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A Critical Appraisal of the Court’s Jurisprudence on the Rights to Property and Home in the Context of Displacement
The authors grapple with questions raised by the Court’s reversal in its approach to the violations of the rights to home and property of Cypriot displaced persons resulting from the Turkish occupation of northern Cyprus. In the 4th interstate application of Cyprus v. Turkey, the Court found Turkey in violation of the rights to home and property of hundreds of thousands of Greek Cypriot internally displaced persons resulting from the invasion and occupation of northern Cyprus. Such findings were also firmly established in a handful of individual applications, most prominent amongst which is the landmark case Loizidou v. Turkey. However, a couple of decades following these judgments the findings of violations were jettisoned by the inadmissibility decision in Demopoulos and others v. Turkey.
Author: Iva Parlov
In Coastal State Jurisdiction over Ships in Need of Assistance, Maritime Casualties and Shipwrecks, Iva Parlov offers a comprehensive analysis of the rights and obligations of coastal States over ships in need of assistance, maritime casualties and shipwrecks under international customary law, treaty law and other international instruments. Important regime interactions are discussed in depth, most extensively the interaction between the 1982 United Nations Convention on the Law of the Sea and regulations adopted at the International Maritime Organization, but also between conventional and customary law, public and private law. In contrast to the existing literature that mostly focuses on separate issues such as intervention, places of refuge, salvage and wreck removal, this book takes a systemic approach to consider from the coastal State’s perspective jurisdictional problems at each stage of a maritime occurrence, deteriorating into a maritime casualty and ultimately into a wreck. Particular attention is given to legal differences associated with maritime zones and the physical state of a ship. Adding a temporal scale to the analysis, the book provides an insight into the legal developments since the Torrey Canyon (1967) disaster and offers some reflections on the directions in which the tide is flowing, not least in light of the recent European Union’s proposal for amendments of the IMO Guidelines on Places of Refuge.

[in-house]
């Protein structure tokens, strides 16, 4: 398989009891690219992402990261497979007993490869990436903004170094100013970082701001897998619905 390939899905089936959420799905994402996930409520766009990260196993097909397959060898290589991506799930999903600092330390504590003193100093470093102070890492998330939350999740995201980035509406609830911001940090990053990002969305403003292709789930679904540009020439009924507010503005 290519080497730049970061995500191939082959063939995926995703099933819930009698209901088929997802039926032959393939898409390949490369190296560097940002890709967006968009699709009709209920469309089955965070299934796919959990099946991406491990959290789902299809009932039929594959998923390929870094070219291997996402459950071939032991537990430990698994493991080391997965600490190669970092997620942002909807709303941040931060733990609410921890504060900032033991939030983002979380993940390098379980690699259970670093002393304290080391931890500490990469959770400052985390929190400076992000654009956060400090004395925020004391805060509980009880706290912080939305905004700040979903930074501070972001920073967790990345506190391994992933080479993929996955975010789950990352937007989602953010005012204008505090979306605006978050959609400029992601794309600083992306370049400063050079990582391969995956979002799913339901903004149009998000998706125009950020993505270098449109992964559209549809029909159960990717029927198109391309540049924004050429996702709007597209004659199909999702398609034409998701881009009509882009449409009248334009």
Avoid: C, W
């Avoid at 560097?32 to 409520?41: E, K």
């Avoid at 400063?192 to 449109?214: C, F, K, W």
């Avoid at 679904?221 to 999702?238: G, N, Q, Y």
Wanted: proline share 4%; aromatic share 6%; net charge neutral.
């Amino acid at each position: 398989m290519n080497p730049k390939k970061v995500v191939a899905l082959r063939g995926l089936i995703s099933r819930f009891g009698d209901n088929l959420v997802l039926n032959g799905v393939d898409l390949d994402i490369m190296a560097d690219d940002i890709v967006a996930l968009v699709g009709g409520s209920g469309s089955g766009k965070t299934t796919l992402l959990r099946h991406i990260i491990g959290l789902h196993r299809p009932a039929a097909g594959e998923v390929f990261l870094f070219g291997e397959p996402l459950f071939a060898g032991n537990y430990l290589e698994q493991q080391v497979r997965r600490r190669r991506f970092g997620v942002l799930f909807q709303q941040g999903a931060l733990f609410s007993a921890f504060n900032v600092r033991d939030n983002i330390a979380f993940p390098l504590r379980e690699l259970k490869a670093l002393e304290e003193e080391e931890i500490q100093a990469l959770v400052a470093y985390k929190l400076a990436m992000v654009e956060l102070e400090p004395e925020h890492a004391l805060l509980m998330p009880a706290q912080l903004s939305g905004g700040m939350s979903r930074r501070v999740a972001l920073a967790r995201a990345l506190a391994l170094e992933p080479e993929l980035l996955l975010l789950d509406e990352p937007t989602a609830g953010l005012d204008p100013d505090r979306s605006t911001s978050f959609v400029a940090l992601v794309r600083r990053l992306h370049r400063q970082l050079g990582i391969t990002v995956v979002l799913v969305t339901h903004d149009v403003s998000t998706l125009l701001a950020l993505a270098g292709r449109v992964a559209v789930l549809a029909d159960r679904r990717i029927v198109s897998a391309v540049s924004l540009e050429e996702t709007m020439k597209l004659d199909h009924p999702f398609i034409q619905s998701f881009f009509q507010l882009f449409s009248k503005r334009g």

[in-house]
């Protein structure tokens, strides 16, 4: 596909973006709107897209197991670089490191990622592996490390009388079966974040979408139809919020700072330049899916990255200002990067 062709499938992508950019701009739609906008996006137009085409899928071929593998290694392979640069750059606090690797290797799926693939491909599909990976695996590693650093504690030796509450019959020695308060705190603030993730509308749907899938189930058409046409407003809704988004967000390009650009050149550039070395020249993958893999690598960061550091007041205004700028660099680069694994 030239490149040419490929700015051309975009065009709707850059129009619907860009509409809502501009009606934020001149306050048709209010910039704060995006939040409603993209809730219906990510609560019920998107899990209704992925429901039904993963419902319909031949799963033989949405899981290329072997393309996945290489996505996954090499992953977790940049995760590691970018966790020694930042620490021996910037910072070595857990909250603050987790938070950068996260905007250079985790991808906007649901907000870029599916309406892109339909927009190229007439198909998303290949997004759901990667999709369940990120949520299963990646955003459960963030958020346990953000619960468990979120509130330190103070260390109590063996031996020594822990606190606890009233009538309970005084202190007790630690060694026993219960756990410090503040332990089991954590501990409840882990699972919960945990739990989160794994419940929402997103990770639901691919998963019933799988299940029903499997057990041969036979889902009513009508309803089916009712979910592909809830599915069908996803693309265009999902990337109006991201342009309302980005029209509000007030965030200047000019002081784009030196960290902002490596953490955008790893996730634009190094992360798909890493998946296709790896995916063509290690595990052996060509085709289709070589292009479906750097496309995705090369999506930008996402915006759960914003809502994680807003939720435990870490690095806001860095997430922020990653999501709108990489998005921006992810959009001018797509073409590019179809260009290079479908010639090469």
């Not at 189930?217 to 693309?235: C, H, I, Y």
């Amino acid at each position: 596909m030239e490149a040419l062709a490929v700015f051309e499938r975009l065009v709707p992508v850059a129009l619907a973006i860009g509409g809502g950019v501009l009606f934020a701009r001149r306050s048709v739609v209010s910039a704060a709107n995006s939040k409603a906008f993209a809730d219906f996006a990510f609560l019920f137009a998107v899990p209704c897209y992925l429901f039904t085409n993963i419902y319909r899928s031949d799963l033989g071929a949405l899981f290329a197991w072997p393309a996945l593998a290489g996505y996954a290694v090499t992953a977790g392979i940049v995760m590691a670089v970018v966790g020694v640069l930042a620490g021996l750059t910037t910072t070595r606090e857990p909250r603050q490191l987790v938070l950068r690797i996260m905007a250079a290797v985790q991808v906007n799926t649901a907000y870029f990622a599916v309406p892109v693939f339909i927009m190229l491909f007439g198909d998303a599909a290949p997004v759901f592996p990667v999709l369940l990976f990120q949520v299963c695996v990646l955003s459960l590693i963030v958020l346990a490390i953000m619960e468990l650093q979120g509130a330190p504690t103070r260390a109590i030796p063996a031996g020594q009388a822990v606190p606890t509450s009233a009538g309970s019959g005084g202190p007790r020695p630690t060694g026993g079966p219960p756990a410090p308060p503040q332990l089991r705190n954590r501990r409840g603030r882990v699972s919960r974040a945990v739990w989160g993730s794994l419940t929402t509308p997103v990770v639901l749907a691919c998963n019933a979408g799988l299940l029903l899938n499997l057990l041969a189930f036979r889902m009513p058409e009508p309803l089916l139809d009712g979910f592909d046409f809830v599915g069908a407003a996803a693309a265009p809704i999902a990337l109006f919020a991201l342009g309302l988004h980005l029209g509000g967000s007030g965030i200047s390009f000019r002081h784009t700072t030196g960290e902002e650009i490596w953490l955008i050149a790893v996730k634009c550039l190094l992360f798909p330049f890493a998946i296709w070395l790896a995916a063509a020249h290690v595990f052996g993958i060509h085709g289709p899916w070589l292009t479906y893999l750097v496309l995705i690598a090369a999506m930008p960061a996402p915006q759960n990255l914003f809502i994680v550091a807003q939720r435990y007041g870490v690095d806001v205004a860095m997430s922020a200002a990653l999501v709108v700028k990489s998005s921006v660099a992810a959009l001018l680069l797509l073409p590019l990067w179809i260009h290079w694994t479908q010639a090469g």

Examining How We Manage the Ocean Commons
Legal Remedies for the Protection of Cross-border Properties
The Polish dispute on an adequate approach towards the Białowieża Forest has been significantly internationalised, primarily by UNESCO and the European Union. The judgment of the CJEU has not settled the substance of the dispute, although it points to a violation of EU legal standards. The authors of The Disputed Białowieża Forest: Legal Remedies for the Protection of Cross-border Properties address the dispute in a constructive and interdisciplinary manner, rather than merely expressing concern towards in situ conservation, and derive universal legal remedies from it. They conclude that in the case of unique invaluable goods, adequate individual solutions should be applied in the form of a localised agreement, open to many entities (interested states, international organisations and even socially responsible private corporations), on the condition that organisational and financial co-responsibility are accepted.
The compatibility of ISDS in Bilateral Investment Treaties (BITs) and the Energy Charter Treaty (ECT) with the autonomy of EU law
The EU’s participation in international dispute resolution mechanisms presents particular problems owing to its multilevel governance and its autonomy from international and national law. The inclusion of foreign direct investment in the Common Commercial policy in the Treaty of Lisbon, expanded those to investment arbitrations under Member States’ BITs, as the Court of Justice ruled in Achmea. EU Law and International Investment Arbitration, examines the impact of that inclusion beyond Achmea, from the perspectives of international and EU law, to the remaining extra-EU BITs of the Member States and the Energy Charter Treaty.